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עמוד בית
Wed, 29.05.24

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December 2022
Perl Sivan MD, Natif Noam MD, Shpirer Isaac MD, Shihab Murad MD, Fox Benjamin BM BS

Background: Severe asthma affects up to 20,000 citizens of Israel. Novel biological therapies, which individually have been proven to reduce asthma morbidity in clinical trials, have become available in recent years. Comparative data among different drugs are scarce.

Objectives: To describe and compare the clinical outcomes of biological therapies in severe asthma patients treated at Shamir Medical Center.

Methods: We conducted a cohort study based on a review of cases treated with monoclonal antibodies for severe asthma at our center. Data were extracted for demographics, eosinophil count, lung function (FEV1), exacerbation rate, and median dose of oral prednisone. Between-drug comparison was conducted by repeated measures ANOVA.

Results: The cohort included 62 patients receiving biological therapy. All biologic drugs were found to reduce exacerbation rate [F(1, 2) = 40.4, P < 0.0001] and prednisone use [F(1, 4) = 16, P < 0.001] significantly. ANOVA revealed no difference of efficacy endpoints between the different drugs. Eosinophil count was significantly reduced post-biologic treatment in the anti-interleukin-5 agents (P < 0.001) but not under treatment with omalizumab and dupilumab.

Conclusions: All of the biological therapies were effective for improving clinical outcomes. None of the agents was clearly superior to any other. These data emphasize the need for severe asthma patients to be seen by pulmonary medicine specialists and offered, where appropriate, biological therapies.

November 2022
Hanan Massalha MD, Milena Tocut MD, Miguel Stein MD, Gisele Zandman-Goddard MD

Hypereosinophilia is defined as the absolute eosinophilic count of above 1500 cells/µL in the peripheral blood on two separate tests taken during one month and/or the pathological confirmation of hypereosinophilia. There are many conditions that are associated with increased eosinophil counts including: parasitic infections, drug reactions, eosinophilic granulomatosis with polyangiitis, allergic reactions, drug reaction with eosinophilia and systemic symptoms (DRESS), primary immunodeficiencies (PID), eosinophilic gastrointestinal diseases (EGID), familial hypereosinophilia, and neoplasms [1]. Molecular classification may be an adjuvant in the classification of hypereosinophilia [2]. Our patient presented with hypereosinophilia as part of a paraneoplastic syndrome.

January 2019
Mati Rozenblat MD, Eran Cohen-Barak MD, Roni Dodiuk-Gad MD and Michael Ziv MD
Moran Livne Margolin MD, Nona Zeitlin MD, Yehudit Eden Friedman MD, Opher Globus MD and Meir Mouallem MD
February 2018
Oded Shamriz MD, Mariana Druker Bsc, Tzahi Neuman MD MHA, Zvi Dranitzki MD and Yuval Tal MD PhD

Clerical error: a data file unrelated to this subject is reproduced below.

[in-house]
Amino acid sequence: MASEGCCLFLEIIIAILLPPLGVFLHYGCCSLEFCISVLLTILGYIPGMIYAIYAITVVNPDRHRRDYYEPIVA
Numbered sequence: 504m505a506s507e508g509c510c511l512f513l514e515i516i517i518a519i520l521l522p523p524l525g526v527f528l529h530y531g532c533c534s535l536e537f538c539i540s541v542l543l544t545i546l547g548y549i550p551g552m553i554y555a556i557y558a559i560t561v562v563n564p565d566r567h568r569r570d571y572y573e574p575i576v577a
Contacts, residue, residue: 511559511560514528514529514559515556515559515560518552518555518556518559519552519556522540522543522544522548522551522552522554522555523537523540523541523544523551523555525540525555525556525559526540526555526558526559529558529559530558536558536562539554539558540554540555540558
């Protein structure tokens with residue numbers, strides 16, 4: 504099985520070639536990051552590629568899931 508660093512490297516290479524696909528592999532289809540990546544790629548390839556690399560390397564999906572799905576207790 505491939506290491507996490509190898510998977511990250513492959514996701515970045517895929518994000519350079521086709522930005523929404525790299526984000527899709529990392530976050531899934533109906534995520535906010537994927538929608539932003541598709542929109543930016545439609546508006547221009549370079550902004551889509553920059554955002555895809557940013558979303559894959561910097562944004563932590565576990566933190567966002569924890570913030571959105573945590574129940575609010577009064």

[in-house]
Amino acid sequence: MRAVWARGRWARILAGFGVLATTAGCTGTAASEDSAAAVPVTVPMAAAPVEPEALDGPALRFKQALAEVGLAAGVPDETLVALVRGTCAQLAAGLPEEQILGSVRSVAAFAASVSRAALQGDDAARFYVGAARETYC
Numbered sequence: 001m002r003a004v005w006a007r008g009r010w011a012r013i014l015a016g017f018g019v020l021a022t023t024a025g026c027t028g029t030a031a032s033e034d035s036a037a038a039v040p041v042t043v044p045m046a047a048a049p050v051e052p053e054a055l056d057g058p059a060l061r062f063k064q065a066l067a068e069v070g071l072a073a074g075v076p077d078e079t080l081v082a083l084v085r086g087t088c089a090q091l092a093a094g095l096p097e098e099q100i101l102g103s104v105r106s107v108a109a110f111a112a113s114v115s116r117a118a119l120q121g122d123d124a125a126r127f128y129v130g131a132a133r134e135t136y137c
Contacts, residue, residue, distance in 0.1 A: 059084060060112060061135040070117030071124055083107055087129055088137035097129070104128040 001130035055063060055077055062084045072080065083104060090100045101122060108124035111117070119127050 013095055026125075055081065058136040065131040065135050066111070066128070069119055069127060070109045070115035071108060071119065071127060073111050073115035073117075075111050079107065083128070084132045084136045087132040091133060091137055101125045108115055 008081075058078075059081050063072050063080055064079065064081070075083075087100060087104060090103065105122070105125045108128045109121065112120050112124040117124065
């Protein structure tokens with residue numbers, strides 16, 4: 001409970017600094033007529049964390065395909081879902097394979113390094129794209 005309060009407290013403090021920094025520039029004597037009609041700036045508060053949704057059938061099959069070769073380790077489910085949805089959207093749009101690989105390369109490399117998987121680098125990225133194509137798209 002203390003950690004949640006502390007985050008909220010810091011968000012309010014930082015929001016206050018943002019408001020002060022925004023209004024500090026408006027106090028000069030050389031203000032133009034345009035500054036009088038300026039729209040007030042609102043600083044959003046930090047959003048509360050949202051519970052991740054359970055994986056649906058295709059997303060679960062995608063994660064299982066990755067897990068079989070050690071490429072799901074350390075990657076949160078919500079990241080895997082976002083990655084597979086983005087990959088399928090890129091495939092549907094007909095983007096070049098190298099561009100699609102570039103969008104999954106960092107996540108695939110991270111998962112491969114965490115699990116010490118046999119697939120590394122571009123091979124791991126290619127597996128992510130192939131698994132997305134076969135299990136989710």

Background: Eosinophilic fasciitis (EF) is a rare disease characterized by scleroderma-like skin, inflammation of deep muscle fascia, hypergammaglobulinemia, peripheral eosinophilia, and elevated erythrocyte sedimentation rate.

Objectives: To present our experience in diagnosis and treatment of seven biopsy-proven EF patients in a large tertiary medical center.

Methods: We screened all patients who were admitted to our tertiary medical center and diagnosed with EF by tissue biopsies from January 2000 to January 2016. We analyzed relevant patient files regarding diagnosis, treatment, and outcome parameters. A comprehensive framework was presented based on the results of our observations and the corresponding literature.

Results: We identified seven patients (six males; one child). Mean age at diagnosis was 37.4 years (range 10–67 years). Underlying autoimmune disorders were observed in three patients (42.8 %). Disease anatomical distribution was noted in lower and upper limbs (85.7% and 57.1%, respectively) as well as neck and shoulders (14.3% each). Three patients (42.8%) had a history of initial misdiagnosis. The mean time period from first clinical presentation to histopathological diagnosis was 150.3 days (range 16–602 days). Treatment included oral glucocorticoids (71.4%), pulse methylprednisolone (14.2%), and methotrexate (42.8%). Recovery from symptoms related to EF was observed in six patients.

Conclusions: Diagnosis of EF is primarily based on clinical and histopathological findings. As eradication of this disease can be expedited with early treatment, it is important to increase awareness in the medical community.

August 2015
Shmuel Chen MD PhD, Oded Shamriz MD, Ori Toker MD, Zvi G. Fridlender MD MSc and Yuval Tal MD PhD
September 2012
P.R. Criado, J. Avancini, C.G. Santi, A.T. Amoedo Medrado, C.E. Maia Rodrigues and J.F. de Carvalho

The DRESS syndrome (drug reaction with eosinophilia and systemic symptoms), also known as DIHS (drug-induced hypersensitivity syndrome), presents clinically as an extensive mucocutaneous rash, accompanied by fever, lymphadenopathy, hepatitis, hematologic abnormalities with eosinophilia and atypical lymphocytes, and may involve other organs with eosinophilic infiltration, producing damage in several systems, especially kidney, heart, lungs, and pancreas. The pathogenesis is related to specific drugs (especially the aromatic anticonvulsants), altered immune response, sequential reactivation of herpes virus, and association with some HLA alleles. Glucocorticoids are the basis for the treatment of the syndrome, which may be given with intravenous immunoglobulin and, in selected cases, ganciclovir. This article reviews current concepts regarding the interaction of drugs, viruses and immune responses during this complex adverse-drug reaction.
 

January 2002
Nirit Lev, MD, Shalom Michowiz, MD, Edna Inbar, MD, Claire I. Coire, MD, Silvio Pitlik, MD and Eldad Melamed, MD
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